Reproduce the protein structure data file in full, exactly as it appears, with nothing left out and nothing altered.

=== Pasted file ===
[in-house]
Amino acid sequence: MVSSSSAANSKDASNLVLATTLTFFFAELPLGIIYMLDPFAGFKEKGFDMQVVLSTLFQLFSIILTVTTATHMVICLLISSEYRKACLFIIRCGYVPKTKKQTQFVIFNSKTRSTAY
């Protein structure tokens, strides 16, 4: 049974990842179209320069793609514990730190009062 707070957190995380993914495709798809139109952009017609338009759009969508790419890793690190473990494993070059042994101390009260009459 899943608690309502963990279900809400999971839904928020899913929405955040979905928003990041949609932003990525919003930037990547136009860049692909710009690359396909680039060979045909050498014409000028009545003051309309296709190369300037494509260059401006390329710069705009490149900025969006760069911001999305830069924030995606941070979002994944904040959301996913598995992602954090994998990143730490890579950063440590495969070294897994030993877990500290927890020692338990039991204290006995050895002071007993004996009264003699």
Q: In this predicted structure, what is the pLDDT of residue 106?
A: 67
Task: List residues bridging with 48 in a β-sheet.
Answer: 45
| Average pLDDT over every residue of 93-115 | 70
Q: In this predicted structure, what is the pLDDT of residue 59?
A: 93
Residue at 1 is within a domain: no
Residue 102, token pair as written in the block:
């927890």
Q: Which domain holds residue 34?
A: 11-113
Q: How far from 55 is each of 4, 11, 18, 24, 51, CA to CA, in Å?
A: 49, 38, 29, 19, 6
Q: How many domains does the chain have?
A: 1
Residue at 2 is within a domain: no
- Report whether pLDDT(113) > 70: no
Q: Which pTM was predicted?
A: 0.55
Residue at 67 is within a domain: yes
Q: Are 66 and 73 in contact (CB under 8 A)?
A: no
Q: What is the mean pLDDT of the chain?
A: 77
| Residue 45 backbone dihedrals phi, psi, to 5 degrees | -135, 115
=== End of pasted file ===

[in-house]
Amino acid sequence: MVSSSSAANSKDASNLVLATTLTFFFAELPLGIIYMLDPFAGFKEKGFDMQVVLSTLFQLFSIILTVTTATHMVICLLISSEYRKACLFIIRCGYVPKTKKQTQFVIFNSKTRSTAY
């Protein structure tokens, strides 16, 4: 049974990842179209320069793609514990730190009062 707070957190995380993914495709798809139109952009017609338009759009969508790419890793690190473990494993070059042994101390009260009459 899943608690309502963990279900809400999971839904928020899913929405955040979905928003990041949609932003990525919003930037990547136009860049692909710009690359396909680039060979045909050498014409000028009545003051309309296709190369300037494509260059401006390329710069705009490149900025969006760069911001999305830069924030995606941070979002994944904040959301996913598995992602954090994998990143730490890579950063440590495969070294897994030993877990500290927890020692338990039991204290006995050895002071007993004996009264003699």
Q: In this predicted structure, what is the pLDDT of residue 106?
A: 67
Task: List residues bridging with 48 in a β-sheet.
Answer: 45
| Average pLDDT over every residue of 93-115 | 70
Q: In this predicted structure, what is the pLDDT of residue 59?
A: 93
Residue at 1 is within a domain: no
Residue 102, token pair as written in the block:
């927890």
Q: Which domain holds residue 34?
A: 11-113
Q: How far from 55 is each of 4, 11, 18, 24, 51, CA to CA, in Å?
A: 49, 38, 29, 19, 6
Q: How many domains does the chain have?
A: 1
Residue at 2 is within a domain: no
- Report whether pLDDT(113) > 70: no
Q: Which pTM was predicted?
A: 0.55
Residue at 67 is within a domain: yes
Q: Are 66 and 73 in contact (CB under 8 A)?
A: no
Q: What is the mean pLDDT of the chain?
A: 77
| Residue 45 backbone dihedrals phi, psi, to 5 degrees | -135, 115